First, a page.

Human beings have been living with polio for thousands of years, Cochi said. There's evidence from ancient Egypt that paralytic polio existed there and even infected royalty. But it wasn't described clinically until 1789.

 

Polio primarily spreads from person to person -- through coughing and sneezing -- or through fecal contamination. The particles are large enough that the risk of contracting polio in the air is momentary, and on a surface like a desk or a chair, it can last an hour or two. But in sewage, it can last for weeks or even months.

* * *

"It has been known for decades that polio and myalgic encephalomyelitis traveled in side-by-side epidemics, and that those affected with ME were later found to be immune to polio."


Dr. Richard Bruno has studied both diseases.  In 1988, Myalgic Encephalomyelitis was re-named Chronic Fatigue Syndrome to hide the severity of the disease that Dr. Bruno theorizes that "when polio was conquered, it left a vacuum which was filled by another enterovirus; CFS researchers have found an enterovirus."

Life as we know it: Dr. Bruno: Parallels in CFS/FMS/Polio

Since no one I knew at the time had CFS, it's clear that I got it from a stranger.  Perhaps someone on the street coughed as I walked past.  Perhaps someone who had it touched the faucet in the office bathroom and I picked it up after I washed my hands when I turned the water off.

 

Workshop on Overlapping Pain Conditions

The NIH's National Institute of Dental and Craniofacial Research and National Institute of Neurological Disorders and Stroke, together with the NIH Pain Consortium, will sponsor a workshop on Chronic Overlapping Pain Conditions. The workshop will be held Monday and Tuesday, August 13 and 14, 2012 in the Natcher Conference Center, Building 45 on the NIH Campus in Bethesda, Maryland.

Chronic overlapping pain conditions represent a complex set of painful disorders that occur frequently in the population, lack a mechanistic understanding, and are in need of hypothesis-driven research efforts. This workshop will bring together researchers with expertise in various pain conditions and other expertise to discuss these conditions and to develop a forward-thinking research agenda. The workshop will focus on our current understanding of chronic overlapping pain conditions, their etiology, risk factors, mechanisms of disease, outcome measures, and diagnosis. It will be a two-day meeting with short presentations by panelists and extensive discussion periods. The workshop will be co-chaired by Daniel Clauw from the University of Michigan and Elizabeth Unger from the Centers for Disease Control and Prevention.

The goal of the workshop is to develop a coordinated research strategy that addresses underlying etiology; the trajectory of disease; risk factors for onset, progression and reversal; and approaches for developing outcome measures and diagnosis of these conditions.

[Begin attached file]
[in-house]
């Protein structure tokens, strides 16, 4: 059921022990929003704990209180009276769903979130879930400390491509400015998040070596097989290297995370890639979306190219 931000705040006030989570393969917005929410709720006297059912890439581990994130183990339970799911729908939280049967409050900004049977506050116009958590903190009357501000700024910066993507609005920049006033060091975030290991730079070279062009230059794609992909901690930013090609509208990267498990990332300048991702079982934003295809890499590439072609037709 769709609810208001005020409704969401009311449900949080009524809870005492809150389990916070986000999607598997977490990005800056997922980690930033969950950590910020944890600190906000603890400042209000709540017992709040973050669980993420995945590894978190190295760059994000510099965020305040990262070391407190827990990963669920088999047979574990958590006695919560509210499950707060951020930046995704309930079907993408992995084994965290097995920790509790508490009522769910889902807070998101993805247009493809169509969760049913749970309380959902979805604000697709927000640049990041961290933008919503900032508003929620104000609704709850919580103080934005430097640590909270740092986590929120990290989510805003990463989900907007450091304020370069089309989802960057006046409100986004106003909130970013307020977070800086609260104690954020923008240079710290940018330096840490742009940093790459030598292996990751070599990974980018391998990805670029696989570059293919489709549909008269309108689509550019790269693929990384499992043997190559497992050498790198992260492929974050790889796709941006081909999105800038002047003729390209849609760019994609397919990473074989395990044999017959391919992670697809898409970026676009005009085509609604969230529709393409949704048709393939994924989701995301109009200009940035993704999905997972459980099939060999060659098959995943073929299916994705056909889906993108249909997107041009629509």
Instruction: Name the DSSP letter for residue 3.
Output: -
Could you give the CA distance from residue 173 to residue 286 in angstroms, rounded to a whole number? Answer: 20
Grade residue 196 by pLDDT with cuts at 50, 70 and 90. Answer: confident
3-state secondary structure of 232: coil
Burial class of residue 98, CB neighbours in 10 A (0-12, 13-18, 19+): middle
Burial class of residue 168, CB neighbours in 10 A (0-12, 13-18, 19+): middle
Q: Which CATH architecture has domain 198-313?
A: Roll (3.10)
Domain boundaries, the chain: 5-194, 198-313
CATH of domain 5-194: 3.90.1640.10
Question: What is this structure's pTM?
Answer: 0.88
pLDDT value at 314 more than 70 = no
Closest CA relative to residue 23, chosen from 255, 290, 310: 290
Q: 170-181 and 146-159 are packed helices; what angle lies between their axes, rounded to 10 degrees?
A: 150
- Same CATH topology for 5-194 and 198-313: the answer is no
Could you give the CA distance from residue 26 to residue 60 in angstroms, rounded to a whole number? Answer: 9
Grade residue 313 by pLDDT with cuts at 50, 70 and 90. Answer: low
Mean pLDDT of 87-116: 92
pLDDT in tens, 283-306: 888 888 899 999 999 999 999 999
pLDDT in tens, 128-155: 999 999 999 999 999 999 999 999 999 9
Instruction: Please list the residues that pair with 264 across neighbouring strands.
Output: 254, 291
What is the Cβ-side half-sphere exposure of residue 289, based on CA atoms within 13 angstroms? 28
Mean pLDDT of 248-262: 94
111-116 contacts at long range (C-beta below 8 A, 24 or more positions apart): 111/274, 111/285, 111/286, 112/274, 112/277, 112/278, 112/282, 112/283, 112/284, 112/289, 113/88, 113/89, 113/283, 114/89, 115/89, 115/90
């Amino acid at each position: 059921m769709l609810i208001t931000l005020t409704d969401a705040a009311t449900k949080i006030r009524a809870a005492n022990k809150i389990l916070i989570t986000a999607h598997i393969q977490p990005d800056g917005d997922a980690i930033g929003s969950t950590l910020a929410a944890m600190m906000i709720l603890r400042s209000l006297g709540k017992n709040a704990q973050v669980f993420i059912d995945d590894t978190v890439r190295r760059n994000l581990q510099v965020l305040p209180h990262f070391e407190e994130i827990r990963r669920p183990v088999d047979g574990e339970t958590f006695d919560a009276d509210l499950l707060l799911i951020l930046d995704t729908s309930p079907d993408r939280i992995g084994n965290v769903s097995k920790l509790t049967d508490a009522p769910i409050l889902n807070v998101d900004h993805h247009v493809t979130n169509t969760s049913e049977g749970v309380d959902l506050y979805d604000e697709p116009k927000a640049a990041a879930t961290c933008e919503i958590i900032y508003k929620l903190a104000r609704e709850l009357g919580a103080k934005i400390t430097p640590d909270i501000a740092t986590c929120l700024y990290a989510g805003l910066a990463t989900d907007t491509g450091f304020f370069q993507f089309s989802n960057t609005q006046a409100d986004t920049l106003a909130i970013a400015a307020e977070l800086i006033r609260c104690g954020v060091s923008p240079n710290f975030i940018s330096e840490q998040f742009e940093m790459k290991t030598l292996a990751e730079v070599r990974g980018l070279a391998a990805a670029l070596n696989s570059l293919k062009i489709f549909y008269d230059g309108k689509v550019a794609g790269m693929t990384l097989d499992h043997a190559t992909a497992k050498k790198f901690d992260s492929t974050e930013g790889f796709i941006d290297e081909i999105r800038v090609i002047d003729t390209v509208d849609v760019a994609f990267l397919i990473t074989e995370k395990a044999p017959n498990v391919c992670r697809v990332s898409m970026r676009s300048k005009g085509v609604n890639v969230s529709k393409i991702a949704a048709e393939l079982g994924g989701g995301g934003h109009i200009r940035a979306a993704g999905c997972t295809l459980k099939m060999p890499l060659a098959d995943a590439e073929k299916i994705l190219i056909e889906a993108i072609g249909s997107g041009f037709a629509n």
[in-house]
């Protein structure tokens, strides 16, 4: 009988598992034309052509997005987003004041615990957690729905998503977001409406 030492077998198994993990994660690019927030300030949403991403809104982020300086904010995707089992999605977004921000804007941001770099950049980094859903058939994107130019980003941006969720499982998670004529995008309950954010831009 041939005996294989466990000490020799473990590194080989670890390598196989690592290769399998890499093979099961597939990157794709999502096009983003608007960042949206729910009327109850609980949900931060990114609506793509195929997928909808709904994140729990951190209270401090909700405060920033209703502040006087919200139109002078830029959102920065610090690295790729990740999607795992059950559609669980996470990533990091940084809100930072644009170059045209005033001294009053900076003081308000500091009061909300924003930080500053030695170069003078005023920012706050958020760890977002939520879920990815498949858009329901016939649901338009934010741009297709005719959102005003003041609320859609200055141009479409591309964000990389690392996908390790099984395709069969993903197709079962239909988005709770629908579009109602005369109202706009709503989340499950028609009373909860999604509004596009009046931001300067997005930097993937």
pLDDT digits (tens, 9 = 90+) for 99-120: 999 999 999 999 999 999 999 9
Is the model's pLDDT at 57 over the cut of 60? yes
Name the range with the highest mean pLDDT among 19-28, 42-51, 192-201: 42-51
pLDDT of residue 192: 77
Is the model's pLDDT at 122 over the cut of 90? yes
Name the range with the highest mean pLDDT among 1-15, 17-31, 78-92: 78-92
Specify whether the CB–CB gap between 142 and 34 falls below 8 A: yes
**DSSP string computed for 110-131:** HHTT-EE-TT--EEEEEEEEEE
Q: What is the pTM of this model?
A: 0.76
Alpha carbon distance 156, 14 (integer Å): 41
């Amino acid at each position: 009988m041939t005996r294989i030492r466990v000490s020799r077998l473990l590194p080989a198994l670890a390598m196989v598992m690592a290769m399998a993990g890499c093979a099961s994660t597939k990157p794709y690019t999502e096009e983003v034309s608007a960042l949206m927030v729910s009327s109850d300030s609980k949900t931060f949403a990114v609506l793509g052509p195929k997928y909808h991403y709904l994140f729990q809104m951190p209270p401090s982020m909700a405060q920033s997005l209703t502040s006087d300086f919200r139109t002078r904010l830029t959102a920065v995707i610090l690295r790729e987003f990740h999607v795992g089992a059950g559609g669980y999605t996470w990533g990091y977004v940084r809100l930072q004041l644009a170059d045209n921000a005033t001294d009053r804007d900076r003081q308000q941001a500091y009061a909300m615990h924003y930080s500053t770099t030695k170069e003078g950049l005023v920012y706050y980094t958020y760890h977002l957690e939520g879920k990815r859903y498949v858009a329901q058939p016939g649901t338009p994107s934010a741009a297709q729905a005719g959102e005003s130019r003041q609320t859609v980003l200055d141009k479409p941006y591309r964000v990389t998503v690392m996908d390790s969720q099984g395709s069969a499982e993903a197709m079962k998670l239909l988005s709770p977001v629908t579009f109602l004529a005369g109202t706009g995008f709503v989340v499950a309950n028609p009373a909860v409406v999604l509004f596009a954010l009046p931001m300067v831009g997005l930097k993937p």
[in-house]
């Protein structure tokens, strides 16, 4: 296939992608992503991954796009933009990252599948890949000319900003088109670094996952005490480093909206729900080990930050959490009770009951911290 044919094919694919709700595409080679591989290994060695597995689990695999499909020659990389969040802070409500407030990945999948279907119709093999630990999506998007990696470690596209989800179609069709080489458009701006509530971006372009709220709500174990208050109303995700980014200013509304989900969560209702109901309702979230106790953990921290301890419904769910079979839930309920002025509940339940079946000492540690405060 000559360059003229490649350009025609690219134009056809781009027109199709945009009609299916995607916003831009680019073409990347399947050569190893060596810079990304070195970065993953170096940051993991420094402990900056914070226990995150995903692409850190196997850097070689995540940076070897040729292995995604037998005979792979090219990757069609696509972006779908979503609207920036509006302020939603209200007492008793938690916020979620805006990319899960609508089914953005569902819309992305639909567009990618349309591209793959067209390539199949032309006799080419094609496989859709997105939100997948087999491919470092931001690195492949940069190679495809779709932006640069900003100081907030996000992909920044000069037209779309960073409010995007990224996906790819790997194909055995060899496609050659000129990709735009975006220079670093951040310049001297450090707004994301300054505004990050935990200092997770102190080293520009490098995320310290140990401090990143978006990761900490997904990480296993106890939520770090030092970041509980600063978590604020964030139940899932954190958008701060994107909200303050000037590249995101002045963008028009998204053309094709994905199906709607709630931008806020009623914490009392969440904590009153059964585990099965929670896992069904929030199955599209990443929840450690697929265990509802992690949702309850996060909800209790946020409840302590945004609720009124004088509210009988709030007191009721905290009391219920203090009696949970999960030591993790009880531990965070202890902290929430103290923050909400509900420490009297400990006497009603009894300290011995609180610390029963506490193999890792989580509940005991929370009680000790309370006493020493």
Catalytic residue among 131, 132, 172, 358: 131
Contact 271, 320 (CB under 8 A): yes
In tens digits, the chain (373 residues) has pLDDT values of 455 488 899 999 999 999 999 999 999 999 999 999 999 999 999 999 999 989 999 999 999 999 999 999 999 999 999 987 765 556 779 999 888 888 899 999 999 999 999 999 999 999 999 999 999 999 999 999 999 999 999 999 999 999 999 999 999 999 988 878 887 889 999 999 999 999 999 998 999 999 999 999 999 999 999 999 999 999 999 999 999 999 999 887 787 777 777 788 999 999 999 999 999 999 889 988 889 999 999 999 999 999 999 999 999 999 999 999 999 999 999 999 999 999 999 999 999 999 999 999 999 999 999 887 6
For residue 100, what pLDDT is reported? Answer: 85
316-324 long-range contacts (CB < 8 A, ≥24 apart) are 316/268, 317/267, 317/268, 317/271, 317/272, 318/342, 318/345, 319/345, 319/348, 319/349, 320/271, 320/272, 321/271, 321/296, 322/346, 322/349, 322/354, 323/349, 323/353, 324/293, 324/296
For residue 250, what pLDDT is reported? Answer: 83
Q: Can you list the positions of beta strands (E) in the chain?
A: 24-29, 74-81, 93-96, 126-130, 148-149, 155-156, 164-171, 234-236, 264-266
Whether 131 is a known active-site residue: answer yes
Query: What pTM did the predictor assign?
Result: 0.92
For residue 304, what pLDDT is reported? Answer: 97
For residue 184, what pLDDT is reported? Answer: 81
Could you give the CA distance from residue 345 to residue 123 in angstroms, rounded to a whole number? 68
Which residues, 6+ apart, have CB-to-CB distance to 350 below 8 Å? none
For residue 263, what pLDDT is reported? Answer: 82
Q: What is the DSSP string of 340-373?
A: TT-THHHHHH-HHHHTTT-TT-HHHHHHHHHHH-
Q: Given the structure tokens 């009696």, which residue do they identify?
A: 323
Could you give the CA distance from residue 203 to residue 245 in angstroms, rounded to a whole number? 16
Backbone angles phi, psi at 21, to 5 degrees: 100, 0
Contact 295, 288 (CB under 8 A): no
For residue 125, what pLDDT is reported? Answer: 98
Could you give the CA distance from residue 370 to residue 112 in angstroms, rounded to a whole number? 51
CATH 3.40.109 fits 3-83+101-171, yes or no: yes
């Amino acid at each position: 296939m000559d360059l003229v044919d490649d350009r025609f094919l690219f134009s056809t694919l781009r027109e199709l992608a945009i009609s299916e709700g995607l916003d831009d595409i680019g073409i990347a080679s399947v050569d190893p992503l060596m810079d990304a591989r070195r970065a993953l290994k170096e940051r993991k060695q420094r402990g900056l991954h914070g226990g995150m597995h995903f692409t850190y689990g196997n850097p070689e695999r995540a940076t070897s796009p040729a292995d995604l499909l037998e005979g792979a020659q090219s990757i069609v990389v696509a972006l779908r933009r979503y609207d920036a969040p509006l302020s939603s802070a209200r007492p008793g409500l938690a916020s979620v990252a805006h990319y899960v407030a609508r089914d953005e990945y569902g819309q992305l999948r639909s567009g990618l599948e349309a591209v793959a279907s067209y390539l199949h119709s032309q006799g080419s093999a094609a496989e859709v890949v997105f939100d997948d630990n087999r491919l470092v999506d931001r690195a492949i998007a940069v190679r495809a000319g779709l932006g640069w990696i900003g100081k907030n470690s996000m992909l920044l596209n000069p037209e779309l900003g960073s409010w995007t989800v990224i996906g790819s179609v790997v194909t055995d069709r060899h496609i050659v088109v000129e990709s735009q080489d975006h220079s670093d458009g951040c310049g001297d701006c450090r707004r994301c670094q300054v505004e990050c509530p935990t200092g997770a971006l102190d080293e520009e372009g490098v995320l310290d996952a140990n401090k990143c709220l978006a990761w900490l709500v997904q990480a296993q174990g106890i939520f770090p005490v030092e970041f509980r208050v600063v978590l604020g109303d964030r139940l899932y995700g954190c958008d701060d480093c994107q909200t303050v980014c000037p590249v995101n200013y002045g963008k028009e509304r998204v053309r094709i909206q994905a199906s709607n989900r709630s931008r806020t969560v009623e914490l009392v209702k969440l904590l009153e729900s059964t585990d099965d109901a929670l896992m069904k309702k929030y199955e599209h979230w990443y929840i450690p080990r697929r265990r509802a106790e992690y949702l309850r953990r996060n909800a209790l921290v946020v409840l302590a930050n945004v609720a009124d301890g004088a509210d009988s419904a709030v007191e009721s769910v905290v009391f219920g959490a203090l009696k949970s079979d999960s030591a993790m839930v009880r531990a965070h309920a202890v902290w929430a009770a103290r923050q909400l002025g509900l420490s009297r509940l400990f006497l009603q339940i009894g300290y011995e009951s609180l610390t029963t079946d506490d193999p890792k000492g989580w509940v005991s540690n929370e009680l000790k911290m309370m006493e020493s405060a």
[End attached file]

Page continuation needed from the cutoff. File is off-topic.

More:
The meeting is open to the research community and free registration will occur on Monday morning at the door beginning at 8:00 am. The workshop will start at 8:30 am. An agenda is attached.

For further information contact: John Kusiak at kusiakj@mail.nih.gov or at 301-594-7984.




A Workshop on
Chronic Overlapping Pain Conditions
August 13-14, 2012

Natcher Conference Center, Building 45
National Institutes of Health
Bethesda, Maryland

Day One
Monday, August 13, 2012

8:30 am         Introductions and Welcome
John Kusiak, Program Officer, NIDCR
Story Landis, Director, NINDS
Martha Somerman, Director, NIDCR
Workshop Co-chairs:  Dan Clauw, Univ. of Michigan and Beth Unger, CDC

Guidance to the Workshop Members

Session 1: Overview and Epidemiology of Chronic Overlapping Pain Conditions

9:00 - 9:30 am        Overview of the meeting and chronic overlapping pain conditions
Dan Clauw, Univ. of Michigan

9:30 – 9:40 am    Discussion

9:40 – 10:00 am     Epidemiology of vulvodynia and overlapping conditions
            Barbara Reed, Univ. of Michigan

10:00 – 10:10 am    Discussion

10:10 – 10:30 am    Epidemiologic approaches to pain progression:  Lessons from migraine
            Richard Lipton, Albert Einstein College of Medicine

10:30 – 10:40 am    Discussion

10:40 – 11:00 am     Coffee Break

11:00 – 11:20 am     Overlapping pain conditions: Disparities and special populations
            Carmen Green, Univ. of Michigan

11:20 – 11:30 am    Discussion

11:30 – 11:50am    The presence of multiple functional somatic syndromes may be a marker for a common pathogenesis
    John Warren, Univ. of Maryland Medical School

11:50 – 12:00pm    Discussion

12:00 – 12:30pm    General Discussion

12:30 – 1:30 pm     Lunch (on your own)

Session 2: Risk Factors and Mechanisms of Disease

1:30 – 1:50 pm     Phenotypes/genotypes in common and specific to chronic overlapping pain conditions
            Bill Maixner, Univ. of North Carolina

1:50 – 2:00 pm    Discussion

2:00 – 2:20 pm     Understanding chronic overlapping pain conditions: Lessons learned from twin studies
            Niloofar Afari, Univ. of California San Diego

2:20 – 2:30 pm    Discussion

2:30 – 2:50 pm    Role of quantitative sensory testing in determining mechanisms of overlapping conditions
    Eli Eliav, Univ. of Medicine and Dentistry of New Jersey

2:50 – 3:00 pm    Discussion